25 April 2014
Increasing Shelter Pet Adoptions
Each year, 3-4 million still die in animal shelters. Yet, 17 million people will add a new pet to their family. People often feel defeated that it’s an “overpopulation” issue and sad that the beautiful, adoptable shelter pets must die. Far too long, we’ve accepted the myth that there is nothing that can be done. But as we’ve seen in the last decade, communities are discovering the no kill initiative and transforming their communities to saving 90% or more of the pets in their care. Instead of being killed, these beautiful pets are being adopted to live out their lives with love!
In the last five years, since I launched Pawsitively Texas, I’ve seen first hand people fall in love with and adopt dogs and cats from shelters – when it was not their first choice. Not because they think there’s something wrong with shelter pets, but because they did not know about them. That’s a marketing problem that is very solvable!
Does your local animal shelter have a high kill rate? Do you wish someone would change that? Have you ever wondered what you can do to make a difference?
Volunteering at your local animal shelter:
There are so many ways you can help! Local animal shelters often need help taking photos of the pets and posting to the shelter database system, online to popular social media sites, emailing to local rescue groups, even socializing and exercising the pets to help keep them happy and healthy! Animal shelters can also be understaffed and underfunded; if we can have volunteer fire departments, why not volunteer animal shelter adoption & rescue teams?
Animal rescue volunteers
Local rescues need fosters, volunteers, and fundraisers. They also need pet transporters that can pick up the pets from the shelter and get them to the vet, then on to their foster home. They need help photographing the pets, sharing them, organizing and helping with off-site pet adoption events and more. If you prefer to work in the background, they often need help with accounting, updating their website, and other clerical needs. No matter your talent or expertise level, there’s a life-saving spot for you!
Presenting no kill shelter reform request at city council meetings
Every community has public council meetings where citizens can present requests and ideas for change. In the following video, Austinite, Ryan Clinton prepared a 3-minute presentation. At the time, Austin, Texas was killing 15 thousand pets annually. They are now the nation’s largest no kill shelter and community. This 3-minute presentation was a catalyst for change. One person can make a difference! And you can get ideas for what to present from this inspiring video.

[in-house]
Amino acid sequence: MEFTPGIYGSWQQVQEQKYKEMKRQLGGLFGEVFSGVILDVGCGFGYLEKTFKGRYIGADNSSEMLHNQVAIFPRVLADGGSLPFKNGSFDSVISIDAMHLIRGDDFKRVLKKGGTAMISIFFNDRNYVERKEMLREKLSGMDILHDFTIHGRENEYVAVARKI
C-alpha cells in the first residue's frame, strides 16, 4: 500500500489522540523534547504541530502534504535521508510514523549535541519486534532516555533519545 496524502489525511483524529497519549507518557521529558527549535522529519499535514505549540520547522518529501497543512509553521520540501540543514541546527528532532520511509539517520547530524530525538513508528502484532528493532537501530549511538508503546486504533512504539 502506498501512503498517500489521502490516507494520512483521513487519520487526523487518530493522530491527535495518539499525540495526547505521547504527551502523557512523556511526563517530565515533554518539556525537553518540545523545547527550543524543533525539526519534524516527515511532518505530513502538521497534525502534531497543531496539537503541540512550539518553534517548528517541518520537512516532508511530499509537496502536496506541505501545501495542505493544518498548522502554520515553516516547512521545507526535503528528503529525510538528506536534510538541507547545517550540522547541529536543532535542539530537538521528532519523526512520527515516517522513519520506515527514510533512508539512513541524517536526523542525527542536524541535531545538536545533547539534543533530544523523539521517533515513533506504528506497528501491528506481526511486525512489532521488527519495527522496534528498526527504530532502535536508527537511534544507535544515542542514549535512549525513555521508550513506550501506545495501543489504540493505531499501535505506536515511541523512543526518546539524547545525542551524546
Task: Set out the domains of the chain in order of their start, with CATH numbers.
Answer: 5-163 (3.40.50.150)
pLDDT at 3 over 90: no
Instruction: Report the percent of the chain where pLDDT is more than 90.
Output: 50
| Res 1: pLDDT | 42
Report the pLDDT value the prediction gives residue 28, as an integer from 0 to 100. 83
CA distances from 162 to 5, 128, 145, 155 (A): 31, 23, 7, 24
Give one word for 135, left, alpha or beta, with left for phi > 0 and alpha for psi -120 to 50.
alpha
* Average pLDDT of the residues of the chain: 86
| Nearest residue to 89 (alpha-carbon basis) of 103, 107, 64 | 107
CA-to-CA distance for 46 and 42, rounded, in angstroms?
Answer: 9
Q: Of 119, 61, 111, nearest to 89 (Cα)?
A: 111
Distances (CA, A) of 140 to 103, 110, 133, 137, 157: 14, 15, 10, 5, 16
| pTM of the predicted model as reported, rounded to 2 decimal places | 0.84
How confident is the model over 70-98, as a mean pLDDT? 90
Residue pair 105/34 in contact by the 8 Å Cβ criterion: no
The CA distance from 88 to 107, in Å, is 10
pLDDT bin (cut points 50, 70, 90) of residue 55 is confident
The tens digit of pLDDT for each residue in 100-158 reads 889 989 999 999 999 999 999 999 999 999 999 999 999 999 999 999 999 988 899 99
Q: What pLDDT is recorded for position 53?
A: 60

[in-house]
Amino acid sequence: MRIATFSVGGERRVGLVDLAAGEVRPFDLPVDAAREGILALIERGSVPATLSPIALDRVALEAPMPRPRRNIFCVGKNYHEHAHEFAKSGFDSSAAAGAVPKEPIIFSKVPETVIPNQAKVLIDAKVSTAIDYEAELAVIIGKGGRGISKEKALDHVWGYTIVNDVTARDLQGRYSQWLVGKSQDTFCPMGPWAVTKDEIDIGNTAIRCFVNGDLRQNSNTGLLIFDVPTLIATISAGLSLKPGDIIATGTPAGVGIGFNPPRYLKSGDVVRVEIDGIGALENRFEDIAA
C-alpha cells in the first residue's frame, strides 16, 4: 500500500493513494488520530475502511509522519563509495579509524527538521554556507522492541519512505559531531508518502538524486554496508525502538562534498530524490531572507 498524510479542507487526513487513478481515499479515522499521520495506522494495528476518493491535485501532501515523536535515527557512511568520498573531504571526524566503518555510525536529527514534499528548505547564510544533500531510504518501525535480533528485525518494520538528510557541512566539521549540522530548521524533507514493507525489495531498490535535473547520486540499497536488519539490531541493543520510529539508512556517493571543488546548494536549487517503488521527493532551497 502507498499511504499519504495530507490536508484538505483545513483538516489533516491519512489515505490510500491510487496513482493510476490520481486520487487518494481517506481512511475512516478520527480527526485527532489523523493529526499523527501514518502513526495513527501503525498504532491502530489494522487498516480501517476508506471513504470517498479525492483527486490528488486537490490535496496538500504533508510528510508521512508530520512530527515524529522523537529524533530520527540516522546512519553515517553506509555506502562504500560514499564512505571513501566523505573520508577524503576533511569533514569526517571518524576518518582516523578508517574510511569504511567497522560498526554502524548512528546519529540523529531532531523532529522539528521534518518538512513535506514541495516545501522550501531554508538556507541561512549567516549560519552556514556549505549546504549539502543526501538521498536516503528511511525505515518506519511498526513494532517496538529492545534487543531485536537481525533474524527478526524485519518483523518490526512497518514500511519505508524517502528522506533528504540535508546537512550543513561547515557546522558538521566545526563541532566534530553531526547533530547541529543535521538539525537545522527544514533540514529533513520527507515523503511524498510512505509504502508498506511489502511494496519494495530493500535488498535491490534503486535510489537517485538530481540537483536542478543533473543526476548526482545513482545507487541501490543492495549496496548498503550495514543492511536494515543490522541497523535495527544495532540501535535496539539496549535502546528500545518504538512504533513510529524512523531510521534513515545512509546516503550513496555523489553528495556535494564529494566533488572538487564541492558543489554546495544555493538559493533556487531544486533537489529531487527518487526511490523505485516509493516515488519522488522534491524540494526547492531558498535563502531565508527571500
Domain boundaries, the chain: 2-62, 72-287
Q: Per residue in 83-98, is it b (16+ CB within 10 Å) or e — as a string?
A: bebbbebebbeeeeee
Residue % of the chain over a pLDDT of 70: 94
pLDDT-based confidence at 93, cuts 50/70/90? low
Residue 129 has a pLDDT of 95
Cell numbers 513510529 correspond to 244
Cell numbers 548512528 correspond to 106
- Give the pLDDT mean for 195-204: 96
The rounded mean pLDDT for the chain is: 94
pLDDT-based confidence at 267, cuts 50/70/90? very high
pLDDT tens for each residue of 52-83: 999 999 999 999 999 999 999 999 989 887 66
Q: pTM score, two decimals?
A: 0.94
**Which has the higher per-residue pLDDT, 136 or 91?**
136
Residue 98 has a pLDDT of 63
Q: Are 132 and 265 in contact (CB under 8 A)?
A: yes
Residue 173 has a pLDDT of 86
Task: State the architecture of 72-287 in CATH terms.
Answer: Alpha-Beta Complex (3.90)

The Difference the Right Shelter Director Can Make
At one time, the Seagoville, Texas shelter was like so many in Texas and across the U.S. The City saw the Animal Shelter as “animal control”, and with no shelter marketing (which is located in a somewhat hard to find location), they had a very high kill rate. But when the shelter was placed under the police department, the Chief made the smartest decision ever. He assigned responsibility to “the animal lover” on the police force, Sgt. Bailey. Seriously! That’s how the shelter responsibility was assigned to Sgt. Bailey! In this short video, see how a compassionate police sergeant, with no shelter experience, transformed his shelter to no kill! Now the Seagoville is hailed as an exemplary shelter across the U.S. because a shelter director was determined not to kill the pets in his care and sought solutions to save them!
Two More Inspiring No Kill Articles
The Homeless Pet Project
Coming Soon! The Homeless Pet Project is a resource website that features videos with expert no kill leaders and strategies to implement in building a no kill shelter and community. Please check it out and share this link; if you register, you’ll receive an email (never spam) when the site launches: http://HomelessPetProject.com
If you have a story of animal rescue or adoption to share, please click here to message me via the story submission form
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